From the Lion's Mouth: A Journey Along the Indus
By Iain Campbell
One of the great rivers of Asia, rising in Tibet and flowing through Ladakh and (mainly) Pakistan, is the Indus, said to have its source in a Tibetan lion, and its mouth 2,250 miles away in a huge delta on the Arabian Sea. Between the two, it flows through forbidding mountains and inhospitable terrain, which a 24-year-old Iain Campbell set out to explore in 2004. He rejected his first idea of traversing the river by canoe on the grounds of tricky logistics and possible monotony. He plumps instead to travel by bus and on foot. Months later in Baltistan he sees the river forced through a narrow chasm, and realizes that the journey by boat would have been impossible, as practical as "trying to hose a peanut through a sieve."
Pakistan is considered by many a pariah state and off the radar of most travelers. Kashmir has been much in the news recently, for the wrong reasons. This negative publicity is partly what motivated the author to write the book 15 years after his expedition. I should declare an interest: it was my own trip to the Swat Valley and along Pakistan's Karakoram Highway not long after it opened (he spells it Karakorum for some reason) that cemented my love of wild and little-visited places. Of course I could never have undertaken his journey, largely because I lacked his accomplishments as a mountaineer and his ability to assimilate as a speaker of Urdu and a smoker.
Young as he is, he has reliable instincts when hiring local guides to undertake grueling hikes such as a 13-hour day trip to see the possible fragmentary remnants of a fort left by Alexander the Great in 326BC and a ten-day circuit of Nanga Parbat. On one terrifying occasion, his party meets Zangoti tribesmen who threaten them with violence unless they employ their less equipped, less knowledgeable porters. Campbell describes his adventures with impressive modesty. Often his journey was dangerous, but he doesn't draw attention to this.
He is a careful observer and a good listener, especially to local legends that he retells to good effect. Many of the people with whom he interacts are deeply superstitious, but he never mocks. In fact he finds himself wondering whether fairies can exist when a stone is thrown at him from a desolate mountainside where no human could be. The contrast is stark between these remote mysterious tracts and heavily touristed Leh in Ladakh with its eight German bakeries. He can't help but feel a "hypocritical distaste" for all these over-equipped westerners after his solo travels.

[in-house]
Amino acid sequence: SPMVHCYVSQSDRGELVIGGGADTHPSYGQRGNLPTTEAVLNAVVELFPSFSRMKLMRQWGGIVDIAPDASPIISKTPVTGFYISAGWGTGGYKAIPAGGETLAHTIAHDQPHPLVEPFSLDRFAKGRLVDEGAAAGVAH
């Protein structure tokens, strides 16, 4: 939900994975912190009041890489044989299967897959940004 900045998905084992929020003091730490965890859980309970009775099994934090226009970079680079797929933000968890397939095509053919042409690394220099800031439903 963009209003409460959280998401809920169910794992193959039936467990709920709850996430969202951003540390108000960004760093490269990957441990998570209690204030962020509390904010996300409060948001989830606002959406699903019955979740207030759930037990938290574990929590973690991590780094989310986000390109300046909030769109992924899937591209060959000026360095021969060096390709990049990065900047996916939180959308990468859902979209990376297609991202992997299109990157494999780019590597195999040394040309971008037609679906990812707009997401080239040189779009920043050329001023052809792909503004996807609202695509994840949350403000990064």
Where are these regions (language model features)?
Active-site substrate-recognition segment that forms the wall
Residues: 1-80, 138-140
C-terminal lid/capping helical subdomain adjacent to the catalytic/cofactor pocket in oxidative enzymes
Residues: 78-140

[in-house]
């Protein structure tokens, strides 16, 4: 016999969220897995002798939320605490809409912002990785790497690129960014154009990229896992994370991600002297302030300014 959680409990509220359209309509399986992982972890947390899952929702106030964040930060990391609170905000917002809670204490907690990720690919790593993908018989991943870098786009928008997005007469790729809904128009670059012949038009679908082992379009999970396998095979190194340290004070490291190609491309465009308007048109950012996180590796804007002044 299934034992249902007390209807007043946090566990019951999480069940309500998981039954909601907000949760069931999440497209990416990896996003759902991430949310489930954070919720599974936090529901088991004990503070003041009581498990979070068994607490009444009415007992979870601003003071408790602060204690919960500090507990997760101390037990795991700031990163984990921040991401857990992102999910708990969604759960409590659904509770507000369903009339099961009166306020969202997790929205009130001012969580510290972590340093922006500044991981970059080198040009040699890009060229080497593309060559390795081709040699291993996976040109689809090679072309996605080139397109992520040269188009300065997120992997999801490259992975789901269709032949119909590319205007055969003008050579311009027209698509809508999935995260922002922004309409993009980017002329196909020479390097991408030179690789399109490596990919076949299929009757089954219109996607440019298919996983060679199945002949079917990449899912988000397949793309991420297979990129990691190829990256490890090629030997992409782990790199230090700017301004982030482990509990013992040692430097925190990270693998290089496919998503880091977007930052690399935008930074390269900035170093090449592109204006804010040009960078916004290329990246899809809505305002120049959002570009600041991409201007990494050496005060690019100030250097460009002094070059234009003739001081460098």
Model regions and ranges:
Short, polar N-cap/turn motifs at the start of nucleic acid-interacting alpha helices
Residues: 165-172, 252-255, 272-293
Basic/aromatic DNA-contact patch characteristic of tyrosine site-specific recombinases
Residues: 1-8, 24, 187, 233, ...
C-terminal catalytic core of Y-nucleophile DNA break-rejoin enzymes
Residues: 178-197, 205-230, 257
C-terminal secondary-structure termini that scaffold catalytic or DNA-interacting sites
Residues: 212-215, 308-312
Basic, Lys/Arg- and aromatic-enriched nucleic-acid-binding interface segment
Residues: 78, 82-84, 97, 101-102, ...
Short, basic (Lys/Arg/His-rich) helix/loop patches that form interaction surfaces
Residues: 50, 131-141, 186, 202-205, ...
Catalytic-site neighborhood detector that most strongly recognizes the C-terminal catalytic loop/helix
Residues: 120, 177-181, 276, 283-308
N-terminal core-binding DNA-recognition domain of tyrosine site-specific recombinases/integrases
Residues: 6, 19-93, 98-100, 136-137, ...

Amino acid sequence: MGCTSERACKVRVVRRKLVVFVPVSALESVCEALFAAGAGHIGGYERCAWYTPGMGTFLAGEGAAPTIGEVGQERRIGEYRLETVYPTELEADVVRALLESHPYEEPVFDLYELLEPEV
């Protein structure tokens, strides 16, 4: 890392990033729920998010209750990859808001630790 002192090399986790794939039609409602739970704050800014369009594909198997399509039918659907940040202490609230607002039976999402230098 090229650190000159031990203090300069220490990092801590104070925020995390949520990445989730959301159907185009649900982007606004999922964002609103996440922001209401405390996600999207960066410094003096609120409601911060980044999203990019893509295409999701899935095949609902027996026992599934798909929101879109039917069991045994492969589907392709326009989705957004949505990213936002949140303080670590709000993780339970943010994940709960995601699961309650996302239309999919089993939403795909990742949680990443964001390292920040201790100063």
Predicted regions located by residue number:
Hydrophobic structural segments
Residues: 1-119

In the epilogue he reminds us that this journey took place before the era of GPS. Parts of this book read like a real throwback to the age of exploration. Some of the wondrous sights he saw—of Sufi shrines, of ancient rituals, of marginal fishermen—have been dealt terrible blows by Islamic fundamentalism or modernization. Another danger comes from the melting of glaciers which means that one day, perhaps by 2070, the Indus will run dry. Even if this particular destination does not appeal to all readers, From the Lion's Mouth is an enthralling account of venturing into uncharted territories.
The Rough Guide to the 100 Best Places on Earth 2020
Edited by Helen Fanthorpe
Clear a place on your coffee table for the new large-format guide to 100 of the Best Places on Earth. The photography is uniformly outstanding, of natural and man-made wonders, of people and food. A page showing the gleaming Dome of the Rock in Jerusalem precedes a perfect shot of a leopard draped over a tree in the Maasai Mara. Flipping through this book will persuade you that the world is a beautiful and colorful place, that indigenous Amazonian women beam smiles, that the coral of the Great Barrier Reef is as plentiful as ever and that sunsets always glow golden.
How many "ultimate bucket list" travel books have we seen in recent years? The Introduction to this one refers to emerging destinations—the year 2020 appears in the title—and even mentions the word "underrated". But a list of the 100 best places on earth necessarily includes places that are already mega-hyped—from the Taj Mahal to Venice, Red Square to Niagara Falls. Inevitably, books like this see the world through rose-tinted spectacles. Dubrovnik and Venice look supremely picturesque, of course, and convey no hint that the mayors of these cities have been tearing their hair out at how to deal with the overwhelming number of tourists. Perhaps a different editorial policy might have favored alternative gems like Zadar in Croatia, or Arezzo in Italy. But then readers would question how it is possible for Venice to be left out of a compendium of the earth's 100 best places. Editors can't win.